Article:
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The Red Cross Knitting Tradition

From the archives of the American Red Cross Museum

World War I

Beginning with America's entry into World War I, the American Red Cross launched a massive campaign to have the home-front knit wool articles for the armed forces on campaign in Europe. As soon as the call went out, thousands of Americans began knitting the required socks, sweaters, mufflers, afghans, helmets, and wristlets based on detailed instruction booklets and patterns that had been approved by the armed forces.

"Response to urgent appeals made by Major Grayson M.P. Murphy, Red Cross Commissioner to France, and other United States Army officers, the Red Cross has started a drive to encourage the women of the country to knit sweaters, mufflers, socks, and wristlets for our soldiers and sailors...

One million pounds of knitting wool to be made up into these garments has been purchased by the supply Bureau of the Red Cross in Washington. An idea of the quantity of yarn in this one purchase can be gathered from the fact that if the wool were stretched out it would cover eight hundred thousand miles, or could be stretched around the earth at the equator thirty-two times."

From October 1927 "Red Cross Magazine"


In an immediate response to the call of the American Red Cross in 1925 for 30,000 sweaters for disabled veterans in hospitals, Mary Pickford began to knit between scenes of her latest photoplay. The famous screen star is the first woman in the U.S. to start a sweater after the Red Cross got out its nationwide appeal for knitters on September 15, 1917. Pickford stated: "It's the time for the strong to aid the weak; for the thinking men and women of America to form a solid block behind the unselfish workers of the Red Cross."

World War II

During World War II the call went out again for knitted articles for servicemen. Almost over night, the Red Cross once again appropriated the massive quantities of khaki wool needed and republished instruction sheets.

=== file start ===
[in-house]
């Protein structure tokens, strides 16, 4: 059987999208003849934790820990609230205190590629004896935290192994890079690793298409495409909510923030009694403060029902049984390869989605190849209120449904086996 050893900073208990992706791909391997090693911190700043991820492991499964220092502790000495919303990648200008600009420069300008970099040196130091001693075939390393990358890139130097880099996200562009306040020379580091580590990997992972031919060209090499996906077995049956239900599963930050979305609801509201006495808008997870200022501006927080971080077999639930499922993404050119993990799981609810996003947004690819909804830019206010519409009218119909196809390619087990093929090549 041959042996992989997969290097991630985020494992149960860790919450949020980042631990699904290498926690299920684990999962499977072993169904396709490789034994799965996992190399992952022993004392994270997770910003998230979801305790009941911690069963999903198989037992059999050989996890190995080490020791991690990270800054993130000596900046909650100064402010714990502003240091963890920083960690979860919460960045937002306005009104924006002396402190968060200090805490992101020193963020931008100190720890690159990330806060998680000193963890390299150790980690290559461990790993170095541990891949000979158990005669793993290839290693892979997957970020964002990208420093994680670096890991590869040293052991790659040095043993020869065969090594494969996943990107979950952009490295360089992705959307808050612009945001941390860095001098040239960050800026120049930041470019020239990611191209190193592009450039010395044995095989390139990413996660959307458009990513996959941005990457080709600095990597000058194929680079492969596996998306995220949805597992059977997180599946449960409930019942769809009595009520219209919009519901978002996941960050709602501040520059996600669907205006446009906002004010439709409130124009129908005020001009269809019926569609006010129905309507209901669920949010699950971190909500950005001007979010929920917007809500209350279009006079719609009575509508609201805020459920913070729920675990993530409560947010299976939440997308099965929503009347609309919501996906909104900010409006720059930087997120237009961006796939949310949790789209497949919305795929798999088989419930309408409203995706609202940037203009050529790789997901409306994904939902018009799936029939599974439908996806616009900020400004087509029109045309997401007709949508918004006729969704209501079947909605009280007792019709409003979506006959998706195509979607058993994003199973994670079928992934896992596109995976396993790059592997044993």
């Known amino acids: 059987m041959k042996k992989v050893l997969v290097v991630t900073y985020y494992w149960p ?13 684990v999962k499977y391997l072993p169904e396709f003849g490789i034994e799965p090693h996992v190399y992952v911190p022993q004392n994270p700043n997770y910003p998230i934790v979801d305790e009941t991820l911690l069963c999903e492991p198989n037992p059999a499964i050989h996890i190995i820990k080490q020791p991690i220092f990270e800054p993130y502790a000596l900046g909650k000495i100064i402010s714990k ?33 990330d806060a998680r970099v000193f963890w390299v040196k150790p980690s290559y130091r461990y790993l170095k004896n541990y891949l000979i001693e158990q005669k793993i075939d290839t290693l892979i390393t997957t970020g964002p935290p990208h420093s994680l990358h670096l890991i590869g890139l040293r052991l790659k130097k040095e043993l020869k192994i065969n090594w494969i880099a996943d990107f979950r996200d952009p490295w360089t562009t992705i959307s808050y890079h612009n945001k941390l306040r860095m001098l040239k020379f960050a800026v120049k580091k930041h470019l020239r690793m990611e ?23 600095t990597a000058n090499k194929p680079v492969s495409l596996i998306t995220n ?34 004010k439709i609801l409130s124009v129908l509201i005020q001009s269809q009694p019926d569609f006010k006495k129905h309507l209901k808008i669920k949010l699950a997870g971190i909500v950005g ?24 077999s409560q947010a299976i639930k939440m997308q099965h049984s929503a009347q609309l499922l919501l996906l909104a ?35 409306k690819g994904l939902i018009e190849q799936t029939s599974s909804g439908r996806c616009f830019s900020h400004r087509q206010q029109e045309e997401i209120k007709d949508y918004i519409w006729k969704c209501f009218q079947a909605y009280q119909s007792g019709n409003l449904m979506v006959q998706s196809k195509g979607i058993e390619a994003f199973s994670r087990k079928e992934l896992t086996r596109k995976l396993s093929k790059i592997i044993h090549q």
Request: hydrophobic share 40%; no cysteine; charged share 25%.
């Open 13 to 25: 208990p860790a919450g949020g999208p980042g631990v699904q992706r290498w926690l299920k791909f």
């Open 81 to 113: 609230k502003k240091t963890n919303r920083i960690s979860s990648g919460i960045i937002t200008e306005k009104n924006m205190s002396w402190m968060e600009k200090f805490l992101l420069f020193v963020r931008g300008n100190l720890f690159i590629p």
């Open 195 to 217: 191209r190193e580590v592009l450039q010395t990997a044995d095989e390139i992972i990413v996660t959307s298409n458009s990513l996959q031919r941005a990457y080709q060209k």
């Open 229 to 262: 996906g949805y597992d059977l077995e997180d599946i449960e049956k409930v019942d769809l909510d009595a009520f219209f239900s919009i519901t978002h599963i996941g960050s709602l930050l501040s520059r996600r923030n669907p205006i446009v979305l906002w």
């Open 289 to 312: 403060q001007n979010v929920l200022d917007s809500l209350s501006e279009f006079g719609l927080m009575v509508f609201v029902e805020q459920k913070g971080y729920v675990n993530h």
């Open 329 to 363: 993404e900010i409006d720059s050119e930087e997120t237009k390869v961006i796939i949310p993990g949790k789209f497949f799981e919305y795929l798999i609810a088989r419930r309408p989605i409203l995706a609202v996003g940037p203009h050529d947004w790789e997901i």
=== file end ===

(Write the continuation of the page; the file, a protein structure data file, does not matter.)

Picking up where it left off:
Try knitting these historical patterns from the World War II era, available from the American Red Cross: go to pattern downloads

Knitting facts

  • During World War I President Woodrow Wilson allowed sheep to graze on the White House lawn. When the sheep were sheered, the wool was auctioned off and the proceeds went to the American Red Cross war relief fund.

  • All knitted items went through a quality check. If the piece was deemed poorly made or did not meet the required specifications, it was returned.

  • Bear Brand and Bucilla Knitting Worsted were two of the suggested wool brands.

  • The Red Cross provided the specified needles and some chapters had knitting machines.

  • Each item had a label sewn into the garment saying "Gift of the American People thru the American Red Cross."

  • American Red Cross knitters were still supplying the military with wool helmets as late as 1964. The men at remote arctic military outposts like Thule Airbase in Greenland and Goose Air Force Base in Labrador preferred the hand knitted wool helmets to the machine made synthetic varieties supplied by the army. The soldiers claimed that they kept your face warmer, longer in sub-zero temperatures.

  • 1946 the North Atlantic Area chapters processed over 3,000 pounds of olive drab wool for the supplementary items for the military.


    This historical information is provided by the American Red Cross Museum in Washington, D.C.

    Images courtesy of the American Red Cross copyright

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